Yesterday Terry Gross (Fresh Air on NPR radio stations) hosted Dr. Robert Martensen, a well-rounded ED doc and bioethicist who’s authored a book about reforming how we approach dying and death: A Life Worth Living. Having read an array of books on end-of-life matters including a number by providers, Dr. R’s comments and viewpoints are among the most accessible and relevant I have encountered by a provider (I’ve yet to read the book; I’ve reserved it).
The 39 minute show, The Ethical Way To Heal American Health Care, is here. If you’re willing, I’d greatly appreciate your support by going to the page and clicking the “recommended” flag on each of my 3 consecutive posts—if you feel that they warrant that designation.
Dr. R actually said a few things that so sorely need articulating. I’m a proponent of straight talk, which is required for clear thinking. How refreshing to hear a doctor mention things like:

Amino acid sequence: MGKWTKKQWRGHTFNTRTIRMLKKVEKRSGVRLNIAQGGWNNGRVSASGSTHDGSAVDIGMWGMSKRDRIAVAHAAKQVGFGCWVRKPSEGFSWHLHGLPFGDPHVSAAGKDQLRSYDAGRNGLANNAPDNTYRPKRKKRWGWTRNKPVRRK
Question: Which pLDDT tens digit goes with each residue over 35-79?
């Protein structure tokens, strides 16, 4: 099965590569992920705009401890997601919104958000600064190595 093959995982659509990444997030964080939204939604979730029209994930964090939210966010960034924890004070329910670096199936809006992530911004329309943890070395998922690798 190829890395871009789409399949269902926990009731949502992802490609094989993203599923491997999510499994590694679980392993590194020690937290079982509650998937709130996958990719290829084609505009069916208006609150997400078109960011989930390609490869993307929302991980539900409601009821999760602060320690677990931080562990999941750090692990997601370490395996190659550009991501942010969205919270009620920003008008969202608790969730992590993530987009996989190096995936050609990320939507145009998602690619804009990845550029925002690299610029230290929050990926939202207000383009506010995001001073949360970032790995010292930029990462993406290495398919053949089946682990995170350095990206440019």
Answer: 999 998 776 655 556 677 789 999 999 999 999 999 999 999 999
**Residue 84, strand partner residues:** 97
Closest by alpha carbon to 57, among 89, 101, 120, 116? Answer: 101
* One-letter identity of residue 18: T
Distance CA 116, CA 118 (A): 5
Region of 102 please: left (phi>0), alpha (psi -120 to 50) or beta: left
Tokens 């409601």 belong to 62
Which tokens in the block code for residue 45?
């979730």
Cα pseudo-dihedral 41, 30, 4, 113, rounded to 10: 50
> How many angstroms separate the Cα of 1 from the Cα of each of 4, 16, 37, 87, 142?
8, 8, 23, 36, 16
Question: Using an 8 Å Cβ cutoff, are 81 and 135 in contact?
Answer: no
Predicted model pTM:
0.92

• we need ample lead time to parse the many issues around how we die in America
• the science behind technological interventions that work for middle aged patients does not exist in regards to elder patients
• the very phrase “life support” is troublesome: doctors don’t tell us that the goal of life support technologies is extended physiological functioning (i.e., docs use euphemistic language, the point I start from when discussing how to advocate for hospitalized loved ones)
And then an eye (well, ear) opener: hospitals are building freestanding “chronic intensive care unit” facilities to (ware)house the interminably dying (my phrase), and the government is supporting these through ongoing reimbursement for services provided there.
Hearing kind, wise, experienced and humane doctors is always a joy. A fear accompanies the hearing, however: I fear that people will experience mental palliation, believing that the docs will figure it all out for us. Of course nothing is further from the truth. Palliation at end of life in hospitals still occurs in hospitals. We have to request an initial consult and switch to this pathway, and we will receive treatment, and die, in a hospital bed in whatever unit we happen to be in. That’s how it plays now, and for X years into the future.
As we clear this metaphorical forest, we need to keep in mind the old saying: can’t see the forest for the trees. What role do you play in this metaphor?